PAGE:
In recent years, several player and reproducing systems have employed striker solenoid stacks in place of the striker pneumatics. Such systems have included the Pianocorder™, Disklavier™, Pianodisk™, Bosendorfer SE™("Stahnke-Equipped") and Pianomation™. The complex and expensive Bosendorfer SE system is widely thought to provide instant playback (and, of course, long term preservation) which is virtually indistinguishable from the original performance. The Pianomation system, also designed by Wayne Stahnke, is capable of providing a performance only slightly inferior in power to that of the Bosendorfer SE and, in some respects, offers even further refinement in nuance capability in a relatively inexpensive package suitable for retrofit into an existing instrument.

Those skilled in the art will understand that all these solenoid-actuated stacks suffer from as many as seven problems more or less in common with the old pneumatic stacks: viz.:

1) they are noisy due to either the use of solenoid coil bobbins which are dimensionally too unstable to permit a close tolerance between coil and slug or because the distance between the coil and keytail is so great that side forces on the necessarily long wire connecting solenoid slug and pusher tip make a guide necessary, that fact rendering it difficult to achieve close concentricity between this guide and the solenoid bore such that a loose fit is needed to prevent sticking of the slug in its coil tube;

2) they are difficult to install due to the need to: A) extensively modify a grand piano's pedal hardware to accommodate pedal linkages, different for each model of piano and B) make and slot a box and apply noise-muffling felt to the box;

3) in grand pianos, they are physically situated beneath the keybed in such a downwardly depending manner that the graceful lines of the piano are seriously compromised;

4) they require a more or less complex cohesive structure or framework in which to mount the key actuators. In order to have adequate power, the solenoids are too large to fit above the keybed; therefore some designers have placed the solenoids below the keybed such that, even in the typical front-to-back staggered arrangement, they still cause an unsightly downward protrusion from the keybed;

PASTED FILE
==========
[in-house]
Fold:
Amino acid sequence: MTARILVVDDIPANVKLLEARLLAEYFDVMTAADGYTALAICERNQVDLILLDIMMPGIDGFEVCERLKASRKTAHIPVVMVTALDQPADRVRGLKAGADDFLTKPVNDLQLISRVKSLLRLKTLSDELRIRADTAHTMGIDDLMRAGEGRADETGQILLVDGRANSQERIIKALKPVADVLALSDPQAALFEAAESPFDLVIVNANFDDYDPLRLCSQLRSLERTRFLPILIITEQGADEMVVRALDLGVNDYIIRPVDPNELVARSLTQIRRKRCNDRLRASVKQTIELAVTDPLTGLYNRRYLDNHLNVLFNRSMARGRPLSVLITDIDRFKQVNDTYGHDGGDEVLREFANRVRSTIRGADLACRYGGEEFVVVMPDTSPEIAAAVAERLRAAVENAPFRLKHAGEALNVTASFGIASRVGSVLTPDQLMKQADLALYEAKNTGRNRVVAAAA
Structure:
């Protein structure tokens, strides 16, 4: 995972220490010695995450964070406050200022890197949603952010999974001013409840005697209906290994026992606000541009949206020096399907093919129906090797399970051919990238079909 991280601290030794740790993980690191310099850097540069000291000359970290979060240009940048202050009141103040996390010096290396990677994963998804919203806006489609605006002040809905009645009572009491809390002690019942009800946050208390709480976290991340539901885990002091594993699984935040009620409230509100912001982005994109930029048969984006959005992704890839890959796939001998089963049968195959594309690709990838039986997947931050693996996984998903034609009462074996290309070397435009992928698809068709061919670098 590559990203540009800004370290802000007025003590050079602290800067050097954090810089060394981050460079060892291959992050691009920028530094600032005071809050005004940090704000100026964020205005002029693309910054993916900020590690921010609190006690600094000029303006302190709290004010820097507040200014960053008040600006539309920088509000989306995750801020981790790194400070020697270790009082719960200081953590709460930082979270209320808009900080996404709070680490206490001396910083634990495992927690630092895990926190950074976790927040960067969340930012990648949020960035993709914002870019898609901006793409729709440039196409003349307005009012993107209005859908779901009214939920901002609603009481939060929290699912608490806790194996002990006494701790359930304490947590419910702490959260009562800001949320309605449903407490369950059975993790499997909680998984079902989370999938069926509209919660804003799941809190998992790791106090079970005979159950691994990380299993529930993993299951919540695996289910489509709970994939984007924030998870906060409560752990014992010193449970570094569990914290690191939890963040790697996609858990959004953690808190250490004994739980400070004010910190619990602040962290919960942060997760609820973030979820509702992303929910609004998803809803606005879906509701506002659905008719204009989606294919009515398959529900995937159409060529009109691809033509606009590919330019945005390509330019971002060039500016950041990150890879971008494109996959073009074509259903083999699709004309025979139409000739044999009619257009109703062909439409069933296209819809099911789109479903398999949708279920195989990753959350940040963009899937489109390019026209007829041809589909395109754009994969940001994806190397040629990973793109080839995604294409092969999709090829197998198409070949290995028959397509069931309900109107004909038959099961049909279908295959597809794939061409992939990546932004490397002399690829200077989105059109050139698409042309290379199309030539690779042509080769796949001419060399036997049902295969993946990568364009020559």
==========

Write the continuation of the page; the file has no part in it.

5) some designs do not allow the individual removal and replacement of a solenoid without disturbing others;

6) In retrofit form, it is difficult, time consuming and awkward to adjust the solenoids laterally to their respective keys; and

7) conventional vertically staggered stacks, which are not horizontally staggered also, placed a geometric limitation on the size of the coils used, thus inappropriately limiting the fortissimo capability of the system.

With great care in designing (including the incorporation of sound deadening material) and utilizing a solenoid-concealing housing, the noisy character of the stack can be diminished to a tolerable, if not completely acceptable, level; but this expedient, if anything, introduces a further intrusion on the aesthetics of the piano. In conjunction with the invention of my copending application Ser. No. 07/554,695, filed on even date herewith and entitled "STRIKER SOLENOID ASSEMBLY FOR PLAYER AND REPRODUCING PIANOS", it is to the interactive solution of all seven of the above problems that my invention is directed.

OBJECTS OF THE INVENTION

Thus, it is a broad object of my invention to provide an improved solenoid stack mounting system for use in player and reproducing pianos.

In another aspect, it is an object of my invention to provide such a solenoid stack mounting system by the use of which the stack is substantially hidden in the keybed and thus does not intrude upon the aesthetics of a grand piano.

It is yet another object of one embodiment of my invention to enable the installer of one configuration of my retrofit solenoid stack to save time by cutting a single slot across the keybed into which the stack is mounted, reinforced by either the configuration of the mounting rail itself or a reinforcing girder applied to it, instead of employing the time consuming practice of leaving material at the key section breaks as keybed reinforcement. This embodiment has the further advantage of being able to be constructed of sufficient size as to allow retrofit units to contain other components, such as circuit boards and other electronics, and of enabling the service technician to remove the entire playing action assembly from below the piano in a single module.

It is an object of yet another embodiment of my invention to facilitate the manufacture of retrofit solenoid modules without the need to provide individual solenoid height adjustments within the mounting plates. Instead, entire modules containing single or groups of solenoids are permanently installed at whatever vertical position is required to bring the solenoid pusher tips in adequate proximity to the keytail underfelts. In this arrangement, the solenoids may, if desired, be made with smooth, unthreaded outer casings, which are pressed or otherwise rigidly fastened into their mounting plates, to promote better heat dissipation and facilitate assembly. These means of fastening solenoids to mounting plates are also very suitable for factory-installed mounting systems containing either all solenoids in a single mounting plate or molding, or those employing three or four plates or moldings, each containing a plurality of solenoids corresponding in number to the keys in each section for the piano to which they are fitted. A simple tool may be provided for quickly and easily pressing a single coil out of its casing or a casing out of the mounting plate for repair or replacement, if necessary.